[Ed. – Yes, it really is that bad. Don’t skip this one. This will affect you: it’s not just for Fannie Mae mortgages.]
The Federal Housing Finance Agency and the Consumer Financial Protection Bureau posted an April 16 Federal Register notice of an expansion of their joint National Mortgage Database Program to include personally identifiable information that reveals actual users, a reversal of previously stated policy.
FHFA will manage the database and share it with CFPB. A CFPB internal planning document for 2013-17 describes the bureau as monitoring 95 percent of all mortgage transactions.
Critics, however, question the need for such a “vast database” for simple reporting purposes. …
[U]nder the April register notice, the database expansion means it will include a host of data points, including a mortgage owner’s name, address, Social Security number, all credit card and other loan information and account balances.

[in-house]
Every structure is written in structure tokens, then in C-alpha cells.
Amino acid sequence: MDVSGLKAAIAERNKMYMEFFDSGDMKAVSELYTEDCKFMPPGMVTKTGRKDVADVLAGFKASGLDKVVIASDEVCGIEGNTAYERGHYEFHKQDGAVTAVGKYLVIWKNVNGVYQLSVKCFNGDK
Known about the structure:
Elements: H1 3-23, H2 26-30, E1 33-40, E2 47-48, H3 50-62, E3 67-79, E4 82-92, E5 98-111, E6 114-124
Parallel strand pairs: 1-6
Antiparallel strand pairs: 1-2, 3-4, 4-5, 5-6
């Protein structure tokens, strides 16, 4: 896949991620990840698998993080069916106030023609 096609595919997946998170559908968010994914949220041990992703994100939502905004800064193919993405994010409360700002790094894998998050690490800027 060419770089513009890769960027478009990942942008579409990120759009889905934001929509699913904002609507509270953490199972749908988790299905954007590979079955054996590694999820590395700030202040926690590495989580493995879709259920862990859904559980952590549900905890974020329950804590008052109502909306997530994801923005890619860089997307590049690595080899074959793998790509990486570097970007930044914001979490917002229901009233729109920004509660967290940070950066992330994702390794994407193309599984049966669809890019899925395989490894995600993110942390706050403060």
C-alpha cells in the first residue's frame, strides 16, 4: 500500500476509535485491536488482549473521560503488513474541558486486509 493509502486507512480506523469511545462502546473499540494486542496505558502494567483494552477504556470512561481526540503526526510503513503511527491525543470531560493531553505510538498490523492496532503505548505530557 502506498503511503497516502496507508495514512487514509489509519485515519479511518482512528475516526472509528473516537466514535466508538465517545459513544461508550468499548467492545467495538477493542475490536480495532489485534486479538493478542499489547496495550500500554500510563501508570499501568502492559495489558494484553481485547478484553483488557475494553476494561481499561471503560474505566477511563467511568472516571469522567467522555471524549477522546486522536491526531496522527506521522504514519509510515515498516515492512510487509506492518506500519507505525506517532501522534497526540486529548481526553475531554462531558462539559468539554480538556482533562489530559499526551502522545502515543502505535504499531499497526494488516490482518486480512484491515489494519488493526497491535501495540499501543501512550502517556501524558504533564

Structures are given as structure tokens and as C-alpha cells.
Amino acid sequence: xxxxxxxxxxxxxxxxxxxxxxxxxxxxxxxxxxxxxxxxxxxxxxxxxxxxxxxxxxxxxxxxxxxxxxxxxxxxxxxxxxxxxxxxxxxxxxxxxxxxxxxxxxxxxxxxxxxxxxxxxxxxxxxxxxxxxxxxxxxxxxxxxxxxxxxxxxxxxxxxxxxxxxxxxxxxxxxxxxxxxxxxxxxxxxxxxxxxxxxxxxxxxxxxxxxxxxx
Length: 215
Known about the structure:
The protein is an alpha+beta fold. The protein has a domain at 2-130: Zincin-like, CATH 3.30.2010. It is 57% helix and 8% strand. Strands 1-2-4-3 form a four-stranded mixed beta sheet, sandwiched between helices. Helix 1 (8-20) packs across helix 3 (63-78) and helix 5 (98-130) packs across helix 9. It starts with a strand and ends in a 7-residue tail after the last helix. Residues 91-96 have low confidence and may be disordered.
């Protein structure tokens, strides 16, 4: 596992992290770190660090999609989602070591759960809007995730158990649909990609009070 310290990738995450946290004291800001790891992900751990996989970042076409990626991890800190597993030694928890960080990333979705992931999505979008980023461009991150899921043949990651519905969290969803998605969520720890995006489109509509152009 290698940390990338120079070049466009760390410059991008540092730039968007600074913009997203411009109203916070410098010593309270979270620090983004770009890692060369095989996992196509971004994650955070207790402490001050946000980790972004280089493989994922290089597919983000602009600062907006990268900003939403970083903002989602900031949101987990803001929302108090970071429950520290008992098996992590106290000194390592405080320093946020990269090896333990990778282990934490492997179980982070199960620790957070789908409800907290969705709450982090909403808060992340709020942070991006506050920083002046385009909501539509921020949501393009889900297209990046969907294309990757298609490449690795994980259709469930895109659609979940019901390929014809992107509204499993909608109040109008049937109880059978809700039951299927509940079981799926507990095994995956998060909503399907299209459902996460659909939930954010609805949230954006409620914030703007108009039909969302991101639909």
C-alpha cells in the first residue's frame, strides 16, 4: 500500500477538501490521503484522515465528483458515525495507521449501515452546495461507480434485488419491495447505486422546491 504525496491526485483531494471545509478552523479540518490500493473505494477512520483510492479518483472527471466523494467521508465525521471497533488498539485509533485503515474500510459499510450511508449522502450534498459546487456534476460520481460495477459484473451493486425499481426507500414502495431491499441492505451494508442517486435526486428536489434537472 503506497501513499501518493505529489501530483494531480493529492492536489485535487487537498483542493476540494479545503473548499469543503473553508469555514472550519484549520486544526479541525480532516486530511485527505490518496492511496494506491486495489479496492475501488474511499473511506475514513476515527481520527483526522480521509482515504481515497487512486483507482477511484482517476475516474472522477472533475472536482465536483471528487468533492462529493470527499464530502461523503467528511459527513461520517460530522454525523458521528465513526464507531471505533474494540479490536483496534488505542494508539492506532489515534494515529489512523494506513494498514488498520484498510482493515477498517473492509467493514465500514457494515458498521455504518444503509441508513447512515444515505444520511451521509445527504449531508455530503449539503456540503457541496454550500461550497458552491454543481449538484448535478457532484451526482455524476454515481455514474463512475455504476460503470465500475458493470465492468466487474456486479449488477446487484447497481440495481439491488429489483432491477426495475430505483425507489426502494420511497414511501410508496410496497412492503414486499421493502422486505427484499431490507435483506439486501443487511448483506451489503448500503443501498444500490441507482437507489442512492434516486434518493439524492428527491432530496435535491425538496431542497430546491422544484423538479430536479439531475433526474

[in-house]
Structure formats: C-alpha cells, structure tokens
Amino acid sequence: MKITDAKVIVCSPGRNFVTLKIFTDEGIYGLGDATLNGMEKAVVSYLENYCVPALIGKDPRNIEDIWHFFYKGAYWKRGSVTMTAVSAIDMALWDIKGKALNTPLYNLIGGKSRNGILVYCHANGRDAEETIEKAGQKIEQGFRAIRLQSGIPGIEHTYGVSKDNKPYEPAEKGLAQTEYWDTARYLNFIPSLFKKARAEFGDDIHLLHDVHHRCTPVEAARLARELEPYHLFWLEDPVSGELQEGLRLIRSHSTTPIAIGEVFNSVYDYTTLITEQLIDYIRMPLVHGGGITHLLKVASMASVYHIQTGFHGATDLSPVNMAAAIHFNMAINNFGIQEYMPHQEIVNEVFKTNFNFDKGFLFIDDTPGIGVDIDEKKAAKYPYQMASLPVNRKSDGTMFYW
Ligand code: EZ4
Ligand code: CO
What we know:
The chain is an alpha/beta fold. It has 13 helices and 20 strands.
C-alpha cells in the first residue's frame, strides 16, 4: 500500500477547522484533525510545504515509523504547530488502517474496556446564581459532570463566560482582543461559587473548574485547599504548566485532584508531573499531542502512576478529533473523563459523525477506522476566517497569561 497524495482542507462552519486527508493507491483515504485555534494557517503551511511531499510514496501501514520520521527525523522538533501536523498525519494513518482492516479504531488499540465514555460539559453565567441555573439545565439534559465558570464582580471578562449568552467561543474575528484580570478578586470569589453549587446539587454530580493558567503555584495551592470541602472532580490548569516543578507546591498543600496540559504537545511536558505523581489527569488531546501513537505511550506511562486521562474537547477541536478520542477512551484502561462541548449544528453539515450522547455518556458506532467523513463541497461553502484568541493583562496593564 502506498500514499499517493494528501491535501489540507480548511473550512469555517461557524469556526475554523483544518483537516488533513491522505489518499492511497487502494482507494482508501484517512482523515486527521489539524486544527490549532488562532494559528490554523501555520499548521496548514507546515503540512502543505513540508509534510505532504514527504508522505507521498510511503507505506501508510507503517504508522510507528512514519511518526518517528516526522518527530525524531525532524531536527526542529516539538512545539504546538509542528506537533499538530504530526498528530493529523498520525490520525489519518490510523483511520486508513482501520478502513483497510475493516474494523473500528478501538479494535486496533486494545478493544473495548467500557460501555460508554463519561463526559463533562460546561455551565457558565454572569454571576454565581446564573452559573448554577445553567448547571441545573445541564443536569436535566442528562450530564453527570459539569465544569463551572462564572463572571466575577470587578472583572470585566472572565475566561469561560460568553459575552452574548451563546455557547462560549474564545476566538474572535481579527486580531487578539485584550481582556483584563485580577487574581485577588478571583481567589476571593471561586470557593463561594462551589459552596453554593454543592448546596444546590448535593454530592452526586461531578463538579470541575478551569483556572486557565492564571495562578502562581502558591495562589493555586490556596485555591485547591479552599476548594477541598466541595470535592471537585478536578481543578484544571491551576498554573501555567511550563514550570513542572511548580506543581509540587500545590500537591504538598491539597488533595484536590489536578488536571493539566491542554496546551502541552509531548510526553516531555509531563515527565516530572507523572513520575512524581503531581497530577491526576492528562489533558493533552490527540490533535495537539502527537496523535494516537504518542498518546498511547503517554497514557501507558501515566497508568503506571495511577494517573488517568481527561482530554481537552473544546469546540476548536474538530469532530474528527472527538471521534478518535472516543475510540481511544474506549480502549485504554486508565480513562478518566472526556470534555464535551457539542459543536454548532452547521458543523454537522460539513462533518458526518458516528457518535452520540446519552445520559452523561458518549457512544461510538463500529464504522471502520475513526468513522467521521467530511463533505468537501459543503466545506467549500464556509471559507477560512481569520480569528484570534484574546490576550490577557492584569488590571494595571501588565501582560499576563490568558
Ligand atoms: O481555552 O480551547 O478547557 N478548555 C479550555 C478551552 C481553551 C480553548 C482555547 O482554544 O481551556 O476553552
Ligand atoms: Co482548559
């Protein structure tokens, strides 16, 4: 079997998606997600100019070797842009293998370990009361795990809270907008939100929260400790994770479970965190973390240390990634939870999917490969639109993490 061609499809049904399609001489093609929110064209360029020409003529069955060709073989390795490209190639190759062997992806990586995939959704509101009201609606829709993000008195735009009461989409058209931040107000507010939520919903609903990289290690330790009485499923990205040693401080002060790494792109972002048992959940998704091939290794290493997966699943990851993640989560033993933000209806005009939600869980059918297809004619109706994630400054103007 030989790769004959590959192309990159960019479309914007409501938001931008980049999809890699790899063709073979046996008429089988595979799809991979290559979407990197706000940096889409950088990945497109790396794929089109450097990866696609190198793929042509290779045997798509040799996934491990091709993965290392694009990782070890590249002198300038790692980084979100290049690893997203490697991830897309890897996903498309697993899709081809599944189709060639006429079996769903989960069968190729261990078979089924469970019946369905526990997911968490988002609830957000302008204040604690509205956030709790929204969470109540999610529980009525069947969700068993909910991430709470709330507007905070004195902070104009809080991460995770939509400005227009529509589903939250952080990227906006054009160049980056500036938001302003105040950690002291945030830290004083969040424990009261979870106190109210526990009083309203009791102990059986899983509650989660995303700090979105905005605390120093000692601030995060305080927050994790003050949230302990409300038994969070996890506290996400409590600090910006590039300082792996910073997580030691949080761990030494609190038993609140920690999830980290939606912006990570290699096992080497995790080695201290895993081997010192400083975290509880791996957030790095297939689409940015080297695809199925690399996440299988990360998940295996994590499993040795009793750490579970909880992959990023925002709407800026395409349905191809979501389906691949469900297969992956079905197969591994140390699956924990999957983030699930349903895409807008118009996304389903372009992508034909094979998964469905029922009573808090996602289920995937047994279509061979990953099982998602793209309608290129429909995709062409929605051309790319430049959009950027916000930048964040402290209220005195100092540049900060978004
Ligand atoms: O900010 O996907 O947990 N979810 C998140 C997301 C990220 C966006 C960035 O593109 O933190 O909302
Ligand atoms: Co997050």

The database will also encompass a mortgage holder’s entire credit history, including delinquent payments, late payments, minimum payments, high account balances and credit scores, according to the notice.
The two agencies will also assemble “household demographic data,” including racial and ethnic data, gender, marital status, religion, education, employment history, military status, household composition, the number of wage earners and a family’s total wealth and assets. …
The mortgage database is unprecedented and would collect personal mortgage information on every single-family residential first lien loan issued since 1998. Federal officials will continue updating the database into the indefinite future.